Analysis Of Barbara Ehrenreich 's ' Nickel And Dimed ' Essay

1268 Words Aug 16th, 2015 6 Pages
Three and a half million. That is how many homeless people there are in America ("Overview of Homelessness In America." Homelessness In America. N.p., n.d. Web.) . Have you ever thought, “Why don’t they just take a shower and go get a job?” It’s not like it would be that difficult, right? Wrong. In Barbara Ehrenreich’s novel, Nickel and Dimed: On (not) Getting by in America, she engages in some old-fashioned, undercover journalism to see how those affected by poverty live, and if it is really possible to escape from it with only a job and willpower. In most cases, just having an entry-level job isn’t enough to make it in America; jobs that are readily available are typically more physically demanding and they don’t provide the financial stability that the middle and upper class take for granted. In the beginning of her journey for the truth, Ehrenreich adopts a jocular, borderline condescending, tone when describing her meager accommodations. “There are two kinds of low-rent motel rooms in America: the Hampton Inn type, […] and the other kind, in which history has been allowed to accumulate in the form of carpet stains, lingering deposits of cigarette smoke, and Cheeto crumbs deep under the bed,” (Ehrenreich 53). She looks down on her room as if thinking, “How could people live in such filth?” Ehrenreich shows that she has grown accustomed to a certain lifestyle, the comfortable lifestyle of a successful published author, that leys her audience know that she is drastically…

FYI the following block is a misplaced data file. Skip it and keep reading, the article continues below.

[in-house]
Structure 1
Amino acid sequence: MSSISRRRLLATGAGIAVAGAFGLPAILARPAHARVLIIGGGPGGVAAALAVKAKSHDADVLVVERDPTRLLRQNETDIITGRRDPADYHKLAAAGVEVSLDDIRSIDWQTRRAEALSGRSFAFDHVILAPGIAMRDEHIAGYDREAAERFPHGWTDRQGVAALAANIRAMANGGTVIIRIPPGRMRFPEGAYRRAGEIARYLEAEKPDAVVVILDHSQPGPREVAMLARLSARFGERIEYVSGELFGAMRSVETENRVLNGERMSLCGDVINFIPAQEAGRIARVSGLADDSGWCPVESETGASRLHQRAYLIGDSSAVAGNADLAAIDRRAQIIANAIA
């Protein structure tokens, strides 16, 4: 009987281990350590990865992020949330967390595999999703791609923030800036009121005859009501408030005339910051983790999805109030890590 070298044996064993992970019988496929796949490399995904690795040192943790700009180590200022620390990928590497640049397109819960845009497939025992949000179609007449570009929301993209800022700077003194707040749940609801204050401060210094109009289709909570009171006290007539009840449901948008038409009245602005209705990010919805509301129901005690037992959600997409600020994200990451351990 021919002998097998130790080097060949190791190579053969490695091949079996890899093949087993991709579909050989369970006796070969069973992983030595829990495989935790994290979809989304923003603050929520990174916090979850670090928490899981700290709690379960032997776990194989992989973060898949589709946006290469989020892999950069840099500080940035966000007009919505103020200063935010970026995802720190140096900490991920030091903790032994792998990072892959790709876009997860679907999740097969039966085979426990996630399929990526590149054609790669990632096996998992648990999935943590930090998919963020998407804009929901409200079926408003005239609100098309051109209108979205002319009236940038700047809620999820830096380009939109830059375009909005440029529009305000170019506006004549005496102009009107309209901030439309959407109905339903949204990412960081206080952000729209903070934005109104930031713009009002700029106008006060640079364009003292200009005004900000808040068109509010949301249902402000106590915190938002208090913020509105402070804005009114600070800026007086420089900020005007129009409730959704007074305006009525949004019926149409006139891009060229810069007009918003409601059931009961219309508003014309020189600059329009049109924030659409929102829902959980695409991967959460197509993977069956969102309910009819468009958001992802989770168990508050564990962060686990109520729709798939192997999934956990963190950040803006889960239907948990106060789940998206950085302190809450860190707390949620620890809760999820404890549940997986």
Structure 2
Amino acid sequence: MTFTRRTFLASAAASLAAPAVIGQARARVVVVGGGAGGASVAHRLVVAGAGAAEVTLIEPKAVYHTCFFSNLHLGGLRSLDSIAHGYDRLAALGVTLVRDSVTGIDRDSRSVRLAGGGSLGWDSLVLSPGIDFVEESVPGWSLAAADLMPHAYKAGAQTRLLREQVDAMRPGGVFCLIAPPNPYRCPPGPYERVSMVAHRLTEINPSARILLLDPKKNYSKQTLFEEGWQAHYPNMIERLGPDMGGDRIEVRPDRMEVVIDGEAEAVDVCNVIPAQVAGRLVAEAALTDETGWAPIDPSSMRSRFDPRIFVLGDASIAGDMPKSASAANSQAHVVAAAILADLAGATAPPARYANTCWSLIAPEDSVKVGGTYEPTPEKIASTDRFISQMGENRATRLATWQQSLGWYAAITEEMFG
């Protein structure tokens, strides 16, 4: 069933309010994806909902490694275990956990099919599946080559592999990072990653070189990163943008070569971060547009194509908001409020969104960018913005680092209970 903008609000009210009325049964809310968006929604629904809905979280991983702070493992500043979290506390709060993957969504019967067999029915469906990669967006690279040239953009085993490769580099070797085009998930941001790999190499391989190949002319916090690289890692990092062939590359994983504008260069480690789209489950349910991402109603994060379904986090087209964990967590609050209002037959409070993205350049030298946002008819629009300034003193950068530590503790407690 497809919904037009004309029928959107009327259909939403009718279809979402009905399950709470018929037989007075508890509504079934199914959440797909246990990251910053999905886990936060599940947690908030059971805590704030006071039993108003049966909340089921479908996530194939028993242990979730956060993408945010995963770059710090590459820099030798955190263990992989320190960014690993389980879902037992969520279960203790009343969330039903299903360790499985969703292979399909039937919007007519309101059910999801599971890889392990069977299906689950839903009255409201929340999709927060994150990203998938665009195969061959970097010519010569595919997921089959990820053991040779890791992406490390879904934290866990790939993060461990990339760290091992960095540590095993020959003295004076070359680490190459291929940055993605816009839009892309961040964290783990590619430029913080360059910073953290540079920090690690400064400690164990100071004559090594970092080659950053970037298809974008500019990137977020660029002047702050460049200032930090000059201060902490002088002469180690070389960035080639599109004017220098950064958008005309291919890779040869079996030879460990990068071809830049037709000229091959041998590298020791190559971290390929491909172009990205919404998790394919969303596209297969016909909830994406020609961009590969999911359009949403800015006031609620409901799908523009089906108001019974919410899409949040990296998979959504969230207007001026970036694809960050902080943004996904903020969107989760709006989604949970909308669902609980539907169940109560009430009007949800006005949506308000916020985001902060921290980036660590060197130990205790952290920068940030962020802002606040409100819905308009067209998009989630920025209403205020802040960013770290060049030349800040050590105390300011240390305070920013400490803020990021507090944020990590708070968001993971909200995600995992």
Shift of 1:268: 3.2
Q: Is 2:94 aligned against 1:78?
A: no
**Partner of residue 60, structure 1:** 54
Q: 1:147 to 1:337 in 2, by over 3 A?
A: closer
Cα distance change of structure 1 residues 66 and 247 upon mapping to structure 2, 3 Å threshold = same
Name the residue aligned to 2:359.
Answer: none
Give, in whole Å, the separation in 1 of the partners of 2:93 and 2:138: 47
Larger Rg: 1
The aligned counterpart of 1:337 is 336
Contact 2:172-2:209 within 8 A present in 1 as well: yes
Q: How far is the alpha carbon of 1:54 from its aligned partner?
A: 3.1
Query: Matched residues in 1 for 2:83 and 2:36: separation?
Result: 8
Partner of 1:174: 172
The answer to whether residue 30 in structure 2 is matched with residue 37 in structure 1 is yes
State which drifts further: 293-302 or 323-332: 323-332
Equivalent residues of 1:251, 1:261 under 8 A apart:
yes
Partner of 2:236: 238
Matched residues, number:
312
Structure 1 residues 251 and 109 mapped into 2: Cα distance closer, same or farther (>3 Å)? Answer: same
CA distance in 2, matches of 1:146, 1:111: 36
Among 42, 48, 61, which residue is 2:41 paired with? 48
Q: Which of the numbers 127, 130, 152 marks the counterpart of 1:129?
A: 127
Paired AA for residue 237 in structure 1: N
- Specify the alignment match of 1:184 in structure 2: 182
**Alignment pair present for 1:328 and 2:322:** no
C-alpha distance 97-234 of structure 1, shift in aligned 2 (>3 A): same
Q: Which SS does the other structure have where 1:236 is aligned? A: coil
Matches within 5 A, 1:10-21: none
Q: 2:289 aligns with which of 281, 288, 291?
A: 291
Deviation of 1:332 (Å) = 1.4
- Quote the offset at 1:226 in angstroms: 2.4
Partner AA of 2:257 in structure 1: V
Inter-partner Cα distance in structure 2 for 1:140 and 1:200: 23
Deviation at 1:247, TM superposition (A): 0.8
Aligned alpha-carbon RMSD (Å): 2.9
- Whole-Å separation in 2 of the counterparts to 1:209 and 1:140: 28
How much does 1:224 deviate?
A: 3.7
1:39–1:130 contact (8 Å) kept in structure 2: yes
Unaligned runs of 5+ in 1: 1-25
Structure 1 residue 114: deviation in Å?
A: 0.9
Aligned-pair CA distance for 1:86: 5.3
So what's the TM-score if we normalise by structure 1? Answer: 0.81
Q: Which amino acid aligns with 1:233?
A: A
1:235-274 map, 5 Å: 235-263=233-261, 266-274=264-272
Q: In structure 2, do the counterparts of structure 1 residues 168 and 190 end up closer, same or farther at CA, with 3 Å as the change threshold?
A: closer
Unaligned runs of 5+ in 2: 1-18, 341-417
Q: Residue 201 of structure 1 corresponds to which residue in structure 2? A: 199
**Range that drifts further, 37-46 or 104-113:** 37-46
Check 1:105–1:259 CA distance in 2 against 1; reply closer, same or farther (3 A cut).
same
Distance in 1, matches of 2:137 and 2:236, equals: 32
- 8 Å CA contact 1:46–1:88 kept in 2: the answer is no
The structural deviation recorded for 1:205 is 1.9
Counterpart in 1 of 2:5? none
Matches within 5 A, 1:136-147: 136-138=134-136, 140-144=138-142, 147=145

Related Documents